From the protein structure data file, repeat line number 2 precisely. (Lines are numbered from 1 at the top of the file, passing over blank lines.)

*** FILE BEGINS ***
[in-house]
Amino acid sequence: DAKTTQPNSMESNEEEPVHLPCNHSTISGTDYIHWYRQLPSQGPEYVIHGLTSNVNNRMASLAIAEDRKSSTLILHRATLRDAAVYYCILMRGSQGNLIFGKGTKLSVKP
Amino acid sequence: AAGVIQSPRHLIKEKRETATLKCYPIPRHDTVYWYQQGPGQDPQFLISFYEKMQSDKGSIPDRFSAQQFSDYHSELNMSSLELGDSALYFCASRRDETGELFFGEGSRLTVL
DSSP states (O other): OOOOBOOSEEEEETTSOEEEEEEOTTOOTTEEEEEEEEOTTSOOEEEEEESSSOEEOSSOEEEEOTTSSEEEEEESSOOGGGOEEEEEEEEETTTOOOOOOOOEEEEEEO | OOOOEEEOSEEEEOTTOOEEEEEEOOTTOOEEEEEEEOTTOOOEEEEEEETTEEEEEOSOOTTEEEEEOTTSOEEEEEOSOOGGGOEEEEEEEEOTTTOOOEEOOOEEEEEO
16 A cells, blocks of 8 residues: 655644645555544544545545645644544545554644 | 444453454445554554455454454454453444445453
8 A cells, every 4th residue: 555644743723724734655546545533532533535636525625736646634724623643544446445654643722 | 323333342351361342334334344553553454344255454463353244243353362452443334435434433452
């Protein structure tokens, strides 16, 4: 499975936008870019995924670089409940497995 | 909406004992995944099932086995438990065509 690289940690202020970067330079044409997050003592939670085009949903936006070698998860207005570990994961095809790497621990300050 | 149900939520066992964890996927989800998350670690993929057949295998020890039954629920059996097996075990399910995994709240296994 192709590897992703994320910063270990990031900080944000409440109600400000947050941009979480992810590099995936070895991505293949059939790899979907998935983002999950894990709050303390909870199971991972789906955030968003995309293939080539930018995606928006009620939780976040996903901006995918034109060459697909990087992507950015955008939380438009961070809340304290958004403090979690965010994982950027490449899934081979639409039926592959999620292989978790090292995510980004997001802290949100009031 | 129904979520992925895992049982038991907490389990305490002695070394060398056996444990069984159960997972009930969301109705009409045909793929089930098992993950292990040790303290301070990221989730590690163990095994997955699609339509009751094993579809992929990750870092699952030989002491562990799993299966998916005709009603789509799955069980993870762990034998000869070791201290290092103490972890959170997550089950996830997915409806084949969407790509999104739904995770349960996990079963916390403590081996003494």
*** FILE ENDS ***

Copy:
Amino acid sequence: DAKTTQPNSMESNEEEPVHLPCNHSTISGTDYIHWYRQLPSQGPEYVIHGLTSNVNNRMASLAIAEDRKSSTLILHRATLRDAAVYYCILMRGSQGNLIFGKGTKLSVKP